“You have memories!” I get it, Facebook, but do I really want to remember them?

I still like Facebook.

After the “fake news,” the annoying ads, the spread of misinformation. Even after the platform mis-fired and “boosted/targeted” my recent article to racist homophobes, who quickly filled my “Author Page” with hateful tropes and misguided messages. (Umm, I do wonder how/why FB seems so adept at targeting anti-vaxxers and extremists wanting to overthrow the government yet so lousy at targeting pro-LGBTQ peeps, but that’s a topic for another article.)

Yup, I still like my damn Facebook. It connects me. Keeps me up to date. Reminds me of birthdays and anniversaries, something I’m notoriously bad at remembering. It also reminds me of the son I no longer have.

Today’s FB memory? A picture of Jacob and Gideon waiting for the elevator in our New York City high-rise. Gid was splayed on top of Jacob, half smothering, half cuddling his (one-minute) older twin brother. Both kids smiling, both kids dressed for wintery weather, both kids seemingly happy. G’s big blue eyes accentuated by his blue pom-pom hat, his hair, which he’d recently begun growing, peering out from underneath, some little waves starting to form. Jacob pretending to wriggle in pain, though clearly enjoying being enveloped (more like crushed)- his wide grin belying any temporary discomfort.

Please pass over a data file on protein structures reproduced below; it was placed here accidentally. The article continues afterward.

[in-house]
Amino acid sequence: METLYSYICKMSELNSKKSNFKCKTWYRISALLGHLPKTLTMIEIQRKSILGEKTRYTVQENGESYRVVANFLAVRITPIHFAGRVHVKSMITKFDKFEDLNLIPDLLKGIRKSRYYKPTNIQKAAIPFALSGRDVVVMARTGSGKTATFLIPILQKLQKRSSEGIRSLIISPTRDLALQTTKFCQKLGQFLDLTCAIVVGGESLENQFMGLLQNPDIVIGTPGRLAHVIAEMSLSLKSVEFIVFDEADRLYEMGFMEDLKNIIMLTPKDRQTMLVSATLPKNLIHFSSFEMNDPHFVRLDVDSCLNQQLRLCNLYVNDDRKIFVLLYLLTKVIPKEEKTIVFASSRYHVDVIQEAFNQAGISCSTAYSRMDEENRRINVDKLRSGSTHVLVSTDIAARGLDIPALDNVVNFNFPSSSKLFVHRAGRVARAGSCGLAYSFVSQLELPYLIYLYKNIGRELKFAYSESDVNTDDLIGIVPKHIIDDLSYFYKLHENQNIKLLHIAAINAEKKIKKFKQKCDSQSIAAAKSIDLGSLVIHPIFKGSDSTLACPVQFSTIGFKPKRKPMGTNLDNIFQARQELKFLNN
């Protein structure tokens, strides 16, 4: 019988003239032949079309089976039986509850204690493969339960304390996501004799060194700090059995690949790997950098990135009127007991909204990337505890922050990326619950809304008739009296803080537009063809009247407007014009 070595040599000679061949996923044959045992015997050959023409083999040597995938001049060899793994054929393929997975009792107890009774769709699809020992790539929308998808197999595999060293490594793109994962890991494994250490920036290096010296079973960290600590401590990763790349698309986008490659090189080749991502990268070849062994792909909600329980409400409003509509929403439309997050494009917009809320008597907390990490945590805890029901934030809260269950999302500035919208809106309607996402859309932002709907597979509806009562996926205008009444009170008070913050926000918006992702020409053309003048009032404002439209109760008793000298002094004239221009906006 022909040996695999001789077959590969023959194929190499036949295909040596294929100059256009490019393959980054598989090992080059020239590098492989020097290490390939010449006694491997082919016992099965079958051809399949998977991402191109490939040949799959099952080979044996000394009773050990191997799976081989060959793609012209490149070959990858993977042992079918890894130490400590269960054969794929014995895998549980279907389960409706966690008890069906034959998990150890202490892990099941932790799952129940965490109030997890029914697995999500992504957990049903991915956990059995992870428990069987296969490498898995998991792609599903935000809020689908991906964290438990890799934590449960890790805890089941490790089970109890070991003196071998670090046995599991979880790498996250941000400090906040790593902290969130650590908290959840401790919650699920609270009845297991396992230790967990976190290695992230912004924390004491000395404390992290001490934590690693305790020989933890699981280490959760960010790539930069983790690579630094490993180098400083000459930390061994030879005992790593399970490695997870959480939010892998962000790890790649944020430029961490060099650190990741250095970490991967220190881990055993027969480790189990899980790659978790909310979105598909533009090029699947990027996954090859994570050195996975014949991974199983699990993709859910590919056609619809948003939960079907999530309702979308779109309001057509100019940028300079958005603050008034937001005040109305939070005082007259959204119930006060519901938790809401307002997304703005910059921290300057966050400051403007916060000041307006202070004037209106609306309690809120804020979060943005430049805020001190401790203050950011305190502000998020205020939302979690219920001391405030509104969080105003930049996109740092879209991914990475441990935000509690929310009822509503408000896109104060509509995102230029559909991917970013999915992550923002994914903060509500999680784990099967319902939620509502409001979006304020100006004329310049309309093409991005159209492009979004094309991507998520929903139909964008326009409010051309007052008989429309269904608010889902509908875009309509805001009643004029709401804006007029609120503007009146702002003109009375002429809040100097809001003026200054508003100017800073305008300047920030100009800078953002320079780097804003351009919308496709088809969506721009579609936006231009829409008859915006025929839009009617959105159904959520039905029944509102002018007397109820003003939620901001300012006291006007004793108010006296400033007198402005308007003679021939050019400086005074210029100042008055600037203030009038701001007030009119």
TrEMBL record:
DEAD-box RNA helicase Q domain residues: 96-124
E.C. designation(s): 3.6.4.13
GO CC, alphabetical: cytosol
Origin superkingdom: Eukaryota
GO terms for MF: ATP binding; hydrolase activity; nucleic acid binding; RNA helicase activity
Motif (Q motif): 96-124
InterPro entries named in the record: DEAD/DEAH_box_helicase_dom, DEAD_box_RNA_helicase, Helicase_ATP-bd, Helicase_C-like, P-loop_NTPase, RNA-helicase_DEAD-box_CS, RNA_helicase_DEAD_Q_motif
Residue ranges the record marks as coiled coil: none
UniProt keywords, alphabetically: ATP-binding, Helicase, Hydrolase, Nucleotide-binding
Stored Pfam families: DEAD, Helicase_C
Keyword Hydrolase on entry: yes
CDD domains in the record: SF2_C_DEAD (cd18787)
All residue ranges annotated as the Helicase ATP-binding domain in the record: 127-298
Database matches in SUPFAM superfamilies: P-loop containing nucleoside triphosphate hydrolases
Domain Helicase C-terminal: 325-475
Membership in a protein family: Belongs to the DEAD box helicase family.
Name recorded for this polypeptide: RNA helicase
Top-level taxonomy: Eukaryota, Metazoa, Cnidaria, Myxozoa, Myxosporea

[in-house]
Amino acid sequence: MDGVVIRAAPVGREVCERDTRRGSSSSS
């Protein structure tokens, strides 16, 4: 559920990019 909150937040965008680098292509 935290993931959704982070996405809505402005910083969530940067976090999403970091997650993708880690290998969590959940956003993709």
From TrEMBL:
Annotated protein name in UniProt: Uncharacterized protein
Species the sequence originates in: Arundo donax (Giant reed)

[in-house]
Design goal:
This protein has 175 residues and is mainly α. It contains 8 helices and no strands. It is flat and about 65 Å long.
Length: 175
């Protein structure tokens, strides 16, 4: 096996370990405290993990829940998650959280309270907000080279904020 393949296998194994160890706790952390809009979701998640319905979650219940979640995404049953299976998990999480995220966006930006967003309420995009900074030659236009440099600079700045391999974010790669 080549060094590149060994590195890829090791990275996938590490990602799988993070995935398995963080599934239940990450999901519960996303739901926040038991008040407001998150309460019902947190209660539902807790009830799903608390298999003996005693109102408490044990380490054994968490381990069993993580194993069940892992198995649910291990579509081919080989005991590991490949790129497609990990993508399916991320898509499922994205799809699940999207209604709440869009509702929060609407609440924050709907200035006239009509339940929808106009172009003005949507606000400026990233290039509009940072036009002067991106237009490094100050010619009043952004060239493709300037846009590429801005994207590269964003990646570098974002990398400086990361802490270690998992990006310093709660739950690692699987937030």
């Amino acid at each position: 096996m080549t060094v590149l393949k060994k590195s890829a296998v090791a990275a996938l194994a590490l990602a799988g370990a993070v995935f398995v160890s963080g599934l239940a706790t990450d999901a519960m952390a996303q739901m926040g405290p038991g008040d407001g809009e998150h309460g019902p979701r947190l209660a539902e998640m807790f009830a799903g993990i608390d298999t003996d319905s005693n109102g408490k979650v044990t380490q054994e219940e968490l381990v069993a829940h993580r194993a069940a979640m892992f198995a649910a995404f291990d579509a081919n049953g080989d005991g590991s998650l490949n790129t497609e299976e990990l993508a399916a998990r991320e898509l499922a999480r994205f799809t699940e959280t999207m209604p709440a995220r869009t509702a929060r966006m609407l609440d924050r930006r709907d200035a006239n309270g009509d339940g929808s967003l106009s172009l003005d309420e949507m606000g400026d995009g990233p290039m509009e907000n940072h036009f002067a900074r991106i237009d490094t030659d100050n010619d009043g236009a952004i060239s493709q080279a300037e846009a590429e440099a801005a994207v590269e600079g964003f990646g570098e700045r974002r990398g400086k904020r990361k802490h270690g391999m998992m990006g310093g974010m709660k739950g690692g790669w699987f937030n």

I still remember taking the pic…and the laughter emanating from both boys as I did so. Though when I look at the picture today, I don’t quite know whether to laugh or cry. Yes, it’s a beautiful memory. And yes, I can still hear their squeals of delight. But the image itself depicts a family that no longer exists.

Four months after “the smothering,” Gideon told me he was a “transister.”

“Do you mean, transgender, my love?” I asked G.

“Yes, transgender. When I was in your tummy, it was a mistake. I was supposed to come out a girl.”